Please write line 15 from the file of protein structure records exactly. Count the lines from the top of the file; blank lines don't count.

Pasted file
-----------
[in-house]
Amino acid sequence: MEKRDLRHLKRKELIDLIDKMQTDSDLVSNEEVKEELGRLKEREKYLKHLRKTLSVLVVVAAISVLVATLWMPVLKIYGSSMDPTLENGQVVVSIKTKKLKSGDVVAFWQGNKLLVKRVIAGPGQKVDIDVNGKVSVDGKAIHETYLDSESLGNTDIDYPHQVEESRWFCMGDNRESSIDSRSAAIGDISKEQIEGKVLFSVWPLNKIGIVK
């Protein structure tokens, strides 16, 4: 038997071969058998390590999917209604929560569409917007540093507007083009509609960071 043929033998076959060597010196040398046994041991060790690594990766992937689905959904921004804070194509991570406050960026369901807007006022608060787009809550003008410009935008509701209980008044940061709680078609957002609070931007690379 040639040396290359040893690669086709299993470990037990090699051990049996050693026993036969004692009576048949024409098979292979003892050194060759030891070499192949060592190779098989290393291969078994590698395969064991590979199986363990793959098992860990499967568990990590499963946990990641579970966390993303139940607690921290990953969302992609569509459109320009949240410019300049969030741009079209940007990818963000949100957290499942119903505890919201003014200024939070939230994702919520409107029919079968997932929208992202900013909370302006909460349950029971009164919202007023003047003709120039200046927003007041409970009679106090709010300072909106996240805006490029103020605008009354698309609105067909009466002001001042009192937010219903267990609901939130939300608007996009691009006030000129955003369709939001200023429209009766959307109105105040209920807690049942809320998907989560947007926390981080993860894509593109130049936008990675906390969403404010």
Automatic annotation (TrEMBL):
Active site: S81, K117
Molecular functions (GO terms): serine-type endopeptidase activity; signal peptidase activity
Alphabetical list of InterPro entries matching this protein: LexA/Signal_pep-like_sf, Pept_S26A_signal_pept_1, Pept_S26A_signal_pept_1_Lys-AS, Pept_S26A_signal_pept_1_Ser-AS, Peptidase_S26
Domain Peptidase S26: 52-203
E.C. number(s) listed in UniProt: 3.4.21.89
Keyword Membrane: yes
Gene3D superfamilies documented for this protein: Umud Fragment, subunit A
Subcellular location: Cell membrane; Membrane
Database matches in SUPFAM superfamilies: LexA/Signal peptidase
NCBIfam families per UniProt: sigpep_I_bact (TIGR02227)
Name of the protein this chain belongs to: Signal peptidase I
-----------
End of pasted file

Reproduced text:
Name of the protein this chain belongs to: Signal peptidase I